Exhibition Business Confronts a World of Change

Chris Aronson CinemaCon
Ryan Miller/Capture Imaging

For the six major studios, the business of going global is anything but a foreign concept.

International potential was the bright spot at CinemaCon in Las Vegas last week for studio executives and industry leaders, confronting flat admissions and diminishing interest in 3D on the domestic side, as well as an abrupt decline last year in the number of frequent young moviegoers.

For the first time at the confab, which gathered more than 5,000 exhibitors, distributors and studio execs from some 70 countries, the opening presentation focused on the top-grossing films worldwide, touting 2013’s $25 billion in grosses, up 4.6% over 2012.

The ever-increasing global spotlight was evident in everything from the films previewed to the evolution of satellite distribution to the addition of theaters in emerging territories.

“There is no way to compartmentalize our audience by any language or border,” said Veronika Kwan Vandenberg, president of distribution for Warner Bros. Pictures Intl.

MPAA chairman Chris Dodd pointed out the potential from two rapidly expanding countries, Pakistan, which
has seen an approximate 400% increase in number of screens since 2005; and Cambodia, with a roughly 1,800% rise since 2011.

And although box office contributions from those territories are nominal, the overall potential growth in countries outside mature markets is significant, with the Asia Pacific region — thanks to China — topping the international B.O. for the first time last year.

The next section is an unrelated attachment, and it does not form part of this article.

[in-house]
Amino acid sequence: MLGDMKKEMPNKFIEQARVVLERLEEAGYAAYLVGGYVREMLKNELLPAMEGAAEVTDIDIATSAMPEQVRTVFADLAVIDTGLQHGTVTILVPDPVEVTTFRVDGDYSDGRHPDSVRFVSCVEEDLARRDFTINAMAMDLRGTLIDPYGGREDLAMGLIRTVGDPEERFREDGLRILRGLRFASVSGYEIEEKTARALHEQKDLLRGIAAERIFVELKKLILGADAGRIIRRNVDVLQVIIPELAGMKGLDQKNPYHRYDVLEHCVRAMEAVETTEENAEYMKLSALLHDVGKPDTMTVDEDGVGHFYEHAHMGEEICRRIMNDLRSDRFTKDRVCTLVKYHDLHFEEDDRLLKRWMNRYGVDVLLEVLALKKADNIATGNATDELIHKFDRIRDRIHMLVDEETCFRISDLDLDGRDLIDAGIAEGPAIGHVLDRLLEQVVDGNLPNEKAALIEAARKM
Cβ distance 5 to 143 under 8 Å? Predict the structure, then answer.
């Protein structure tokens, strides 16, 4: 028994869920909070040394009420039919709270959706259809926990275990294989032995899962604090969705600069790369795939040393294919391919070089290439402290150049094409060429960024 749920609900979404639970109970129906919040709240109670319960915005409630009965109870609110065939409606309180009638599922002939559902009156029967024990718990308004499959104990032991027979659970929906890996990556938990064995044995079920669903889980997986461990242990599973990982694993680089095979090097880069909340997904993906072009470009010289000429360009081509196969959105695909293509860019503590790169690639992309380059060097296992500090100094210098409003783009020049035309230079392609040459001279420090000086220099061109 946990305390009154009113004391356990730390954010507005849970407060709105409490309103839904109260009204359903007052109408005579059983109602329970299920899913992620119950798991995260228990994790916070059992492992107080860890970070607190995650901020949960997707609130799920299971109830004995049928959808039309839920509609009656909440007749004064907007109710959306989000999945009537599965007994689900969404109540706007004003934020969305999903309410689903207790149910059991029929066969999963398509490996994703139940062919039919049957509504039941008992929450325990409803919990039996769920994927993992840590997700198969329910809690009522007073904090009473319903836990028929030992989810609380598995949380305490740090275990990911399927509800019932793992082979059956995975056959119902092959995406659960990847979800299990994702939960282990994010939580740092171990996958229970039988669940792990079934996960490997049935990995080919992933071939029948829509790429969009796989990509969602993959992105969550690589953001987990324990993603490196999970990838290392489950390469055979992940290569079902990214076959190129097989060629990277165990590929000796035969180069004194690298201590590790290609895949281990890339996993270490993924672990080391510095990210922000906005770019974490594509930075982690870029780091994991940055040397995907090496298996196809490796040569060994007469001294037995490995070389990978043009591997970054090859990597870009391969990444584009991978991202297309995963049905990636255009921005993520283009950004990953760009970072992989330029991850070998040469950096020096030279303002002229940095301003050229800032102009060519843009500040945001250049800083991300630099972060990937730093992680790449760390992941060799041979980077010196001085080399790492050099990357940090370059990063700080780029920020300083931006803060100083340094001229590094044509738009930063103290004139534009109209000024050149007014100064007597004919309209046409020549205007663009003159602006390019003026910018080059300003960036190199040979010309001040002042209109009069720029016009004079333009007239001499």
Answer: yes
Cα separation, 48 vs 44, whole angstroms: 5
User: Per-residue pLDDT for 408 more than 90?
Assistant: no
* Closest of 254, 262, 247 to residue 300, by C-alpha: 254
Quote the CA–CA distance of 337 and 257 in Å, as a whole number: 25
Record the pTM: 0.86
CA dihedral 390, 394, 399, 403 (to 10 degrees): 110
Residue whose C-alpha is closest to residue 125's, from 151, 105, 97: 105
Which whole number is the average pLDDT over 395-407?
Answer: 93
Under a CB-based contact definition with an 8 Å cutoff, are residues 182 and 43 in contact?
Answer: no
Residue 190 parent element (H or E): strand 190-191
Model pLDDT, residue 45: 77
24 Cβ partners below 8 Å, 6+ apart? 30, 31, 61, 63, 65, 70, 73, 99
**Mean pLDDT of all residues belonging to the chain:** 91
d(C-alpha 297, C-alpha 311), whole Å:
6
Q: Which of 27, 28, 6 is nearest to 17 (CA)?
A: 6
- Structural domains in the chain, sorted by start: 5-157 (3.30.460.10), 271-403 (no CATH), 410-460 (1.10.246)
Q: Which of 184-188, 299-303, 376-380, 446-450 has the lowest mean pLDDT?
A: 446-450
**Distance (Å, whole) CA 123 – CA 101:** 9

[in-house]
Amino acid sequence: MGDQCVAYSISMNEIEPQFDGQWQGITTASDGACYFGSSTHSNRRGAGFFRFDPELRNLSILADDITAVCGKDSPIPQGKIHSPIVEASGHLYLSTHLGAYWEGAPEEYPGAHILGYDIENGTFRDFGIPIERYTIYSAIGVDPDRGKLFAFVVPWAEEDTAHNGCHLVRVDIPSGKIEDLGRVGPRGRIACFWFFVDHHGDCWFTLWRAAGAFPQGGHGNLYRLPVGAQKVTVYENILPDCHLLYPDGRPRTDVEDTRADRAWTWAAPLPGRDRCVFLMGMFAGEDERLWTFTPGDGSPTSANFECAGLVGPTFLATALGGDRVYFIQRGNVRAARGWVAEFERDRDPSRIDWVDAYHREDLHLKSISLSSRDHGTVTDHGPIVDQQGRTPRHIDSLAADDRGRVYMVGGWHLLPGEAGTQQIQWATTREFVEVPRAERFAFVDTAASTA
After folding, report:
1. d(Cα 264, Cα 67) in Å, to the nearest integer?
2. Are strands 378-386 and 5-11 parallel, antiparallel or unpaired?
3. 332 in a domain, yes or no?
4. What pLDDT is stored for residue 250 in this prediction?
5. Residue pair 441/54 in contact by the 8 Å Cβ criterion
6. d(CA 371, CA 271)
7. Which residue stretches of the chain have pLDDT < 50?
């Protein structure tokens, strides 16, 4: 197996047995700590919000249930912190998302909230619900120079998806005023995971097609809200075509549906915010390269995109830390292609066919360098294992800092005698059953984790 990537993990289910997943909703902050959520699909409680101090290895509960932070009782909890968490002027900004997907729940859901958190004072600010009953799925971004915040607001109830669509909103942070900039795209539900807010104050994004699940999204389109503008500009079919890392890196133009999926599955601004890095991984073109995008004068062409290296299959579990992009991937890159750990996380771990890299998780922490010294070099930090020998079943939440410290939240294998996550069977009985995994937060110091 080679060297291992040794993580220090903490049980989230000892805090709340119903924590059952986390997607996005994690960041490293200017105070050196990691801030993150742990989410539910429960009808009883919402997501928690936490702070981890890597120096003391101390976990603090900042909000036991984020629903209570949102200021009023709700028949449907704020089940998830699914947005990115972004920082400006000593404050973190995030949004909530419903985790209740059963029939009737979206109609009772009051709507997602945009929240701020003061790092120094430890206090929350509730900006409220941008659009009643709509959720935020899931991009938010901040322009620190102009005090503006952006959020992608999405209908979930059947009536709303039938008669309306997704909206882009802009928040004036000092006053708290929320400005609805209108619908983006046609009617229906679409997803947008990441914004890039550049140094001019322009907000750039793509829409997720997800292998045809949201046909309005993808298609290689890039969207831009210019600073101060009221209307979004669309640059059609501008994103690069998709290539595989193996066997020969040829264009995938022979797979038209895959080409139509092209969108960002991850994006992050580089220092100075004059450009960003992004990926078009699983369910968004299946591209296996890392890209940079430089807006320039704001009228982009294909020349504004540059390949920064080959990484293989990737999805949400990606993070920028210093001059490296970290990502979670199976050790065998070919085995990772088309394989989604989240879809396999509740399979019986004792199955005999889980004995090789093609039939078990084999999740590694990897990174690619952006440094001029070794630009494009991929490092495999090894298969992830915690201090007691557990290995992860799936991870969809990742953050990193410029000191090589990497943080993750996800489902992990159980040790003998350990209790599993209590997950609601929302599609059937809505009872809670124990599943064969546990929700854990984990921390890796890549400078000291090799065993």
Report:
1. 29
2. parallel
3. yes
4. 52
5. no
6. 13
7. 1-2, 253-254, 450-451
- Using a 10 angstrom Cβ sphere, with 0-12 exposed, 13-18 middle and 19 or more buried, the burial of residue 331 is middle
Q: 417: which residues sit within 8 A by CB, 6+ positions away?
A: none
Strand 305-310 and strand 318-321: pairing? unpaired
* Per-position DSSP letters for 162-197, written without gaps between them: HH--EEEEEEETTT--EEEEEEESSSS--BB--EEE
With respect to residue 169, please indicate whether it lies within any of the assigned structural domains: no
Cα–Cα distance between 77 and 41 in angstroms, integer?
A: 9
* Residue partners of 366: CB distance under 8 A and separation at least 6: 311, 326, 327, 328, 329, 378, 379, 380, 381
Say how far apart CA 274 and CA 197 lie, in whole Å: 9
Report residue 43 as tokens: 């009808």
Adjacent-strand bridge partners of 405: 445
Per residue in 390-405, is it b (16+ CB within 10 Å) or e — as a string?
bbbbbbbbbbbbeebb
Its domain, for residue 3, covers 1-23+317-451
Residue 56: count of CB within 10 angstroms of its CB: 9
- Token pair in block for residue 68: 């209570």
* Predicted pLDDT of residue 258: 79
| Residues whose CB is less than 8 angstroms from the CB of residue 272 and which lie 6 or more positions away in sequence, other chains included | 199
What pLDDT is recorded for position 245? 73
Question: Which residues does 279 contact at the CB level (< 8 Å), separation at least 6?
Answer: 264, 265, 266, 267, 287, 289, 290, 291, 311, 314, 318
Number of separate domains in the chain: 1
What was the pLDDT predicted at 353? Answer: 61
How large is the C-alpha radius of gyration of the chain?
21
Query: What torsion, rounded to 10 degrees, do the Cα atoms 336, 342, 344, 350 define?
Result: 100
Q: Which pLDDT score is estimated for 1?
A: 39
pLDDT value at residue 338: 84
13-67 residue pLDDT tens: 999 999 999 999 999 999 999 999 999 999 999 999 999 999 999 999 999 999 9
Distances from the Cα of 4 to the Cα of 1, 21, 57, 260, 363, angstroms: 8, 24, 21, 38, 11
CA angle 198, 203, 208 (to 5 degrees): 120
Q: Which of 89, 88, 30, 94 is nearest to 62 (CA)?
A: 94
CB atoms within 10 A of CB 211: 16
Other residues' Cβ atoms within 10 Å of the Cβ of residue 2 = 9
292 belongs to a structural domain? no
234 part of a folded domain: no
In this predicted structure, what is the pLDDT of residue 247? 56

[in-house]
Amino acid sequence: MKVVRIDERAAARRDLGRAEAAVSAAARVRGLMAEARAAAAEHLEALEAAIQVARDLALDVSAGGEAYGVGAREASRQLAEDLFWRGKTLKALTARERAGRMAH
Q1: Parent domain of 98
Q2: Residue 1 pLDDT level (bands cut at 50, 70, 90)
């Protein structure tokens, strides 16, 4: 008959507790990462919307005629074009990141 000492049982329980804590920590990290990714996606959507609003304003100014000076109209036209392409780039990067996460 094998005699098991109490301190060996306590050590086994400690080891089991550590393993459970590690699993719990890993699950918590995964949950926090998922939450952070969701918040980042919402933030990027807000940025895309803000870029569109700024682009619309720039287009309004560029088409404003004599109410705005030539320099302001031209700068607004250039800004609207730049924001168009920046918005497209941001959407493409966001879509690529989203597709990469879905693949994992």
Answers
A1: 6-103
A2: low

Indeed, China’s box office continues to surpass that of nearly everywhere else, growing 27% last year to $3.6 billion — the first time a foreign market has eclipsed $3 billion, per the MPAA. “(China is) building 13 screens a day, so they’re probably at three now already today,” joked Walt Disney Studios chairman Alan Horn during the studio’s presentation.

With 70% of box office revenues coming from international returns, much of that on tentpole releases, the studios’ previews were heavy on special-effects extravaganzas and sequels, product that plays strongly overseas. Fox’s “X-Men: Days of Future Past,” Warner Bros.’ “Godzilla,” Sony’s “The Amazing Spider-Man 2” and Paramount’s “Transformers: Age of Extinction” were among the clip brigade. Though “Star Wars” looms as a summer 2015 behemoth, Disney held off on major announcements for the seventh film in the series.

From Dodd to “Interstellar” director Christopher Nolan, bizzers extolled the benefits of seeing films on the bigscreen, though NATO’s John Fithian raised eyebrows when he admitted to wanting a more private experience for the emotional “12 Years a Slave,” which he viewed at home.

To counter the couch-potato impulse, new technologies aimed at luring moviegoers to theaters. These included the Escape wraparound screen system from Barco, and CJ Group’s “4D” theater with wind, rain and scents.

Exhibs are also high on potential business expansion, with one such initiative, the Digital Cinema Distribution Coalition, backing alternative programming and films delivered to theaters via satellite.

“This is the most exciting time to be in this industry, because we’ve come together to solve one of our greatest challenges,” noted Tim Warner, CEO of Cinemark,one of the initial partners of DCDC, speaking about the limits of traditional distribution methods.

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  1. Jesse Skeen says:

    In other words, they’re continuing to ignore the fact that higher prices for smaller screens are driving people away.

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